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Strings Attached: The Life and Music of John Williams Hardcover – 29 Oct 2012

14 customer reviews

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Product details

  • Hardcover: 416 pages
  • Publisher: The Robson Press (29 Oct. 2012)
  • Language: English
  • ISBN-10: 1849544042
  • ISBN-13: 978-1849544047
  • Product Dimensions: 3.8 x 15.9 x 24.8 cm
  • Average Customer Review: 3.6 out of 5 stars  See all reviews (14 customer reviews)
  • Amazon Bestsellers Rank: 279,141 in Books (See Top 100 in Books)

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Product Description


Best of all, Starling includes a wealth of anecdotes about Williams's life. --Quarter Notes Magazine

About the Author

WILLIAM STARLING is a writer and amateur musician.

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Customer Reviews

3.6 out of 5 stars

Most Helpful Customer Reviews

4 of 4 people found the following review helpful By Peter Lovett on 15 Jan. 2013
Format: Hardcover Verified Purchase
The layout of this biography is very different from nearly most other biographies that I have read with specific chapters dealing with certain topics and appendices dealing with other aspects rather than a straight chronological coverage of his life. What comes through most strongly is the man's self-possession which he most surely needed growing up in the bohemian household of his parents and the near totalitarian control mania of his father when it came to his son's future career. It is interesting that two of the greatest guitarists of the late 20th Century, Julian Bream and the subject of this book, were both heavily mentored by their fathers. In Williams' case his father, Len, uprooted the family from Australia to bring John to London where he felt that his son's prodigious talents could be better served. Len forms a major part of this book which is not surprising when you read the huge influence he had on his son during his formative years.

The book also covers the somewhat fractured relationship with Segovia and gives some more detail to the dispute that Williams has referred to in some interviews over his decision not to take part in a guitar competition that Segovia had recommended. It was to lead to a huge argument between Segovia and Len Williams that must have been terrifying for a teenager to witness. The musical insights are fascinating, especially into John Williams' desire to explore aspects of music other than the classical genre. This is in the face of some trenchant criticism that he was failing in his duty to use his God given talents (the critics argument - not mine). However, I think the description of his musical career is somewhat rushed.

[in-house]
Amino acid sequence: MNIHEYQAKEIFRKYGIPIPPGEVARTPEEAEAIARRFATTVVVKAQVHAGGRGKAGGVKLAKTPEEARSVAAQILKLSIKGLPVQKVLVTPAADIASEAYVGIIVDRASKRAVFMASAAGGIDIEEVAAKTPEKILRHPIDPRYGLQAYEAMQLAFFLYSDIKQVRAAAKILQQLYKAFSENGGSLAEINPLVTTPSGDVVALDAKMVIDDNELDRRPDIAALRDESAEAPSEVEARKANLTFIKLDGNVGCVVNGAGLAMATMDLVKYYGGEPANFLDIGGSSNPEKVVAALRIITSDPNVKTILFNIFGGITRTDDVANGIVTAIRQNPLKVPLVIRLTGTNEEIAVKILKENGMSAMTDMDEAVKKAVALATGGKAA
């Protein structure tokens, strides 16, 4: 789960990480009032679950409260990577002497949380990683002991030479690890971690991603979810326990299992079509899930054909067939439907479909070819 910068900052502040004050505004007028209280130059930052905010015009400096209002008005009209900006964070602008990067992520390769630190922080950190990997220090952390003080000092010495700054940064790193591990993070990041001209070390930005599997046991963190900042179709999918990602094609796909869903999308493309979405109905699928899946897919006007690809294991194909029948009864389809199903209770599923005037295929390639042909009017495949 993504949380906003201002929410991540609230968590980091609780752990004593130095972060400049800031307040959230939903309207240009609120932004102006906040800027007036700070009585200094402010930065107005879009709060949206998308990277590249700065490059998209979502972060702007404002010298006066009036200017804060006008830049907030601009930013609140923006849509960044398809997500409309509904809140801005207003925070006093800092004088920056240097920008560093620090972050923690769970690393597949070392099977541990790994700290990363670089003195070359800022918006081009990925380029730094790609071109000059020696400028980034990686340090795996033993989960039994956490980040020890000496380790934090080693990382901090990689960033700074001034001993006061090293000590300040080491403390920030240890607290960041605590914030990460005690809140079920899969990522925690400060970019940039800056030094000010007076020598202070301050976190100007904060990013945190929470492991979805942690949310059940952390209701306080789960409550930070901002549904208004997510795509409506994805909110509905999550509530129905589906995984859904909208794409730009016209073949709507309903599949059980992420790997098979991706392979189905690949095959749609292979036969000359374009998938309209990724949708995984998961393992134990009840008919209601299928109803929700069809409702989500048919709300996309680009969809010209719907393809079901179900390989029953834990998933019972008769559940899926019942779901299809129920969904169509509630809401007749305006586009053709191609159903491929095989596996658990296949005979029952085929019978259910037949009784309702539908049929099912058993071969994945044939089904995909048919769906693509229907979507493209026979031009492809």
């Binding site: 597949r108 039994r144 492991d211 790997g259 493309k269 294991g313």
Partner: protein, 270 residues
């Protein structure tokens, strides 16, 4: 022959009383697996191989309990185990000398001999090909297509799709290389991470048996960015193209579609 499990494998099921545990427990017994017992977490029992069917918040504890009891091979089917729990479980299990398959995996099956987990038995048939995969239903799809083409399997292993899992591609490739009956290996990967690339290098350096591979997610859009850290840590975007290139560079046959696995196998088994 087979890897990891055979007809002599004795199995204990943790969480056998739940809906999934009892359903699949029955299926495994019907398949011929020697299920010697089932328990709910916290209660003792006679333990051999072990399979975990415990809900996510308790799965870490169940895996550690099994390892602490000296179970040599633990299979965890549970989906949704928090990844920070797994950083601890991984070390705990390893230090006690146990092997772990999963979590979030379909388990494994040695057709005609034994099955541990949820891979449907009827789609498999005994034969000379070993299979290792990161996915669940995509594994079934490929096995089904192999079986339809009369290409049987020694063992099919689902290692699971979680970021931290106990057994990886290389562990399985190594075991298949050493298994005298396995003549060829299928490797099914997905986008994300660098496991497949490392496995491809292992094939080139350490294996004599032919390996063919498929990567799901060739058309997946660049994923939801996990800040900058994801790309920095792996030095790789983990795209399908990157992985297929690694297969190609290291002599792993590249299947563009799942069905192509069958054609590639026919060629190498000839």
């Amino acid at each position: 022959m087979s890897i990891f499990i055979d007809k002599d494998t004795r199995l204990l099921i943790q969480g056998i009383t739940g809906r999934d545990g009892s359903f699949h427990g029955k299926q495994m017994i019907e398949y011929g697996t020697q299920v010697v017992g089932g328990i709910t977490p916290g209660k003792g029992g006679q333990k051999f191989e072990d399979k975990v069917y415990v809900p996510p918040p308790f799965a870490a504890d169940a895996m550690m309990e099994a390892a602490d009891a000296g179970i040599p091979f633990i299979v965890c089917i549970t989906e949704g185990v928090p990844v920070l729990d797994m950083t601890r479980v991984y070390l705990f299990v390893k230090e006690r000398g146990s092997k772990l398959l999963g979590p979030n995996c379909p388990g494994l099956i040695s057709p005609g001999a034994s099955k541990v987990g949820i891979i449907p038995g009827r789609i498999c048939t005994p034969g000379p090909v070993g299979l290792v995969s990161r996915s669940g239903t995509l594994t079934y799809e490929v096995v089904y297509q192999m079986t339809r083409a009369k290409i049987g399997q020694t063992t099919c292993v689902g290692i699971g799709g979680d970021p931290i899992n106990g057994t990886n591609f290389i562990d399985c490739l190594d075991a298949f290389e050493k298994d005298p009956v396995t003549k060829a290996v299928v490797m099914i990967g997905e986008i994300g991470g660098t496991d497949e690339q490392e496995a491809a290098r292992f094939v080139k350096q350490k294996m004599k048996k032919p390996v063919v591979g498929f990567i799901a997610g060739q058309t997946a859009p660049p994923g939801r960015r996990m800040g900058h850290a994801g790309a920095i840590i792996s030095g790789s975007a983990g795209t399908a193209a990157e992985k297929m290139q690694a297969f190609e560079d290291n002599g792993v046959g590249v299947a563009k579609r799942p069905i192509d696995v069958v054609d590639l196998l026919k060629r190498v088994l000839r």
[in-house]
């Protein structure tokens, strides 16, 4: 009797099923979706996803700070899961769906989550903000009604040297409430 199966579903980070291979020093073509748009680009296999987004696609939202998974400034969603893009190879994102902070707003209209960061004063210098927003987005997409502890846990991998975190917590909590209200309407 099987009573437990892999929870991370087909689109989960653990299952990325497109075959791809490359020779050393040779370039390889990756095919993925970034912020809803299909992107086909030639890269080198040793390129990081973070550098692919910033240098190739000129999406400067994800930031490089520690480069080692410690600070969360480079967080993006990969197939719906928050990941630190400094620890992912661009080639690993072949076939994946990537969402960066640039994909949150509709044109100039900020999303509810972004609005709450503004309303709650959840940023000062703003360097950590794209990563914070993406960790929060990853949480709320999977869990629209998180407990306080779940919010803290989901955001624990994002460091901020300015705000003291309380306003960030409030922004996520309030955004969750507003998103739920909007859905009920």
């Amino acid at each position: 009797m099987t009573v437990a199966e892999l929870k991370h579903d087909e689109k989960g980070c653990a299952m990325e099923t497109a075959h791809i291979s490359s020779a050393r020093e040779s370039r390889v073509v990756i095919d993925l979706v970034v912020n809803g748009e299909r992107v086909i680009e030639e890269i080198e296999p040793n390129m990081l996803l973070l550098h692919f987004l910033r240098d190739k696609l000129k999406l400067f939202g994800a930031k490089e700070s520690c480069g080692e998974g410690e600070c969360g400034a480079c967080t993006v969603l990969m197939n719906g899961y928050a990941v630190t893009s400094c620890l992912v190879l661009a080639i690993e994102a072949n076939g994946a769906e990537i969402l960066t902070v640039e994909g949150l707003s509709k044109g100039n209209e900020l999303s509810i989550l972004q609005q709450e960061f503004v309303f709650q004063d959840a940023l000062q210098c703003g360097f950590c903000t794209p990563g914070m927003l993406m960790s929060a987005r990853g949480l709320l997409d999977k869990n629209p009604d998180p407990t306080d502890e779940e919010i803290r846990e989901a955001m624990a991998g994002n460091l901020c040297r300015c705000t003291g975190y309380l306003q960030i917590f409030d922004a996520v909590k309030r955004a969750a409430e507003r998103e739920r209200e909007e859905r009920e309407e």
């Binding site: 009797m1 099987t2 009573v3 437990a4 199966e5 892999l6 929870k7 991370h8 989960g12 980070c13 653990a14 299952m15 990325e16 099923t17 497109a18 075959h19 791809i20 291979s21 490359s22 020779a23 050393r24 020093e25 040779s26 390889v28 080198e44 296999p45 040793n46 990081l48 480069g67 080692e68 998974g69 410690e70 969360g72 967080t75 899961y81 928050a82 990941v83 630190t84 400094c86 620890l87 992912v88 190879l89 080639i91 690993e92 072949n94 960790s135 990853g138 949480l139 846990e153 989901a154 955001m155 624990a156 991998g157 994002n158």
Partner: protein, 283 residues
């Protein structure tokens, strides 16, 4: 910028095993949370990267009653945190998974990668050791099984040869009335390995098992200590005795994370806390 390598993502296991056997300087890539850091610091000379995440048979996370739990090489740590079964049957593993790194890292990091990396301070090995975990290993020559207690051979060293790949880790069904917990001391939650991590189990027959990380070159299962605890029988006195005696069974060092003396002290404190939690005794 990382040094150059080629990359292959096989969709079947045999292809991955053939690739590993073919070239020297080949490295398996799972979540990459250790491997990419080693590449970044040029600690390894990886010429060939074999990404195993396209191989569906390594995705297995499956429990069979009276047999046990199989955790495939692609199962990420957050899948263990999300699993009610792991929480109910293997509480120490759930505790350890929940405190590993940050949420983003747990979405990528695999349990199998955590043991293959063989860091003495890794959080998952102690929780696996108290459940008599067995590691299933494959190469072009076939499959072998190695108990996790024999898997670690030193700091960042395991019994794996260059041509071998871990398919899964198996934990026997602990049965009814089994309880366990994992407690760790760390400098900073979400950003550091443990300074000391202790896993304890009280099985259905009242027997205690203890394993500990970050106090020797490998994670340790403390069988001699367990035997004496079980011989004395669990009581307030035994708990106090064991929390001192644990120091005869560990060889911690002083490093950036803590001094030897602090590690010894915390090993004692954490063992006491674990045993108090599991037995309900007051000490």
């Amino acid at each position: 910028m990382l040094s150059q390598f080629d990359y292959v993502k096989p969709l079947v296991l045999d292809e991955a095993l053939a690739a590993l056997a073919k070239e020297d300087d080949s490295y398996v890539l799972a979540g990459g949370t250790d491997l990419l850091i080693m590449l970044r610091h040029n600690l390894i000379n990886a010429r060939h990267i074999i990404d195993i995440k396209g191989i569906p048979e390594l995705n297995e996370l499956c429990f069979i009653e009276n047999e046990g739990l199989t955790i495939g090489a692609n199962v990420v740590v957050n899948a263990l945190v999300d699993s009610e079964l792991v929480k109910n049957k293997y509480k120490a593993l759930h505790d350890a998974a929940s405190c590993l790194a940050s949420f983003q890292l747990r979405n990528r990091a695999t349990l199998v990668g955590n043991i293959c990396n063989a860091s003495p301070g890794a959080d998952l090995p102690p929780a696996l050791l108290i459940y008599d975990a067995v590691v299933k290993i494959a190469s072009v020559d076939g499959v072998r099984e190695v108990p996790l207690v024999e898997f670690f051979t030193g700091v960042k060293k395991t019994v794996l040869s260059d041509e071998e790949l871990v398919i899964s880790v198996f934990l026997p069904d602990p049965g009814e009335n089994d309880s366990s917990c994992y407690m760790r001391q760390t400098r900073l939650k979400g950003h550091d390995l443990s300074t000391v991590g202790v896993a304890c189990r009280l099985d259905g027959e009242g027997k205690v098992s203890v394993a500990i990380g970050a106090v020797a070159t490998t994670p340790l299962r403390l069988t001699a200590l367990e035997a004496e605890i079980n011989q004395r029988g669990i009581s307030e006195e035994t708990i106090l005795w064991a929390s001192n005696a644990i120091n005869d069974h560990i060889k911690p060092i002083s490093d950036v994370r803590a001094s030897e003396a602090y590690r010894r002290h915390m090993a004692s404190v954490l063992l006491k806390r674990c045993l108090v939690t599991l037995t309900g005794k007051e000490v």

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9 of 10 people found the following review helpful By Philippe Monnet on 27 Mar. 2013
Format: Hardcover Verified Purchase
Much depends on the expectations evoked by the term "biography", a word astutely avoided in both the title and subtitle of this book, "Strings Attached, The Life & Music of John Williams". If you anticipate the exploration, at long last, of the personality of one of the great musicians of our time, then this is definitely not the book for you. The man who, all his life, has chosen - paradoxically - to avoid the limelight whilst exposing himself to the fiercely lit focus of the concert platform, remains a complete mystery. The author, William Starling, no doubt under strict guidelines, does not attempt to paint a psychological profile of his subject. Instead, cleverly, he gives us an in-depth study of the father - all Claudius and no Hamlet - in an astutely entertaining character assassination : no holds barred in the description of a man who emerges as a ruthless egomaniacal monster whose iron will made him succeed at everything he chose to do, including - Pygmalion-like - in creating a fearless, and virtually perfect, music machine which was, eventually, transformed into an exquisite and sensitive musician.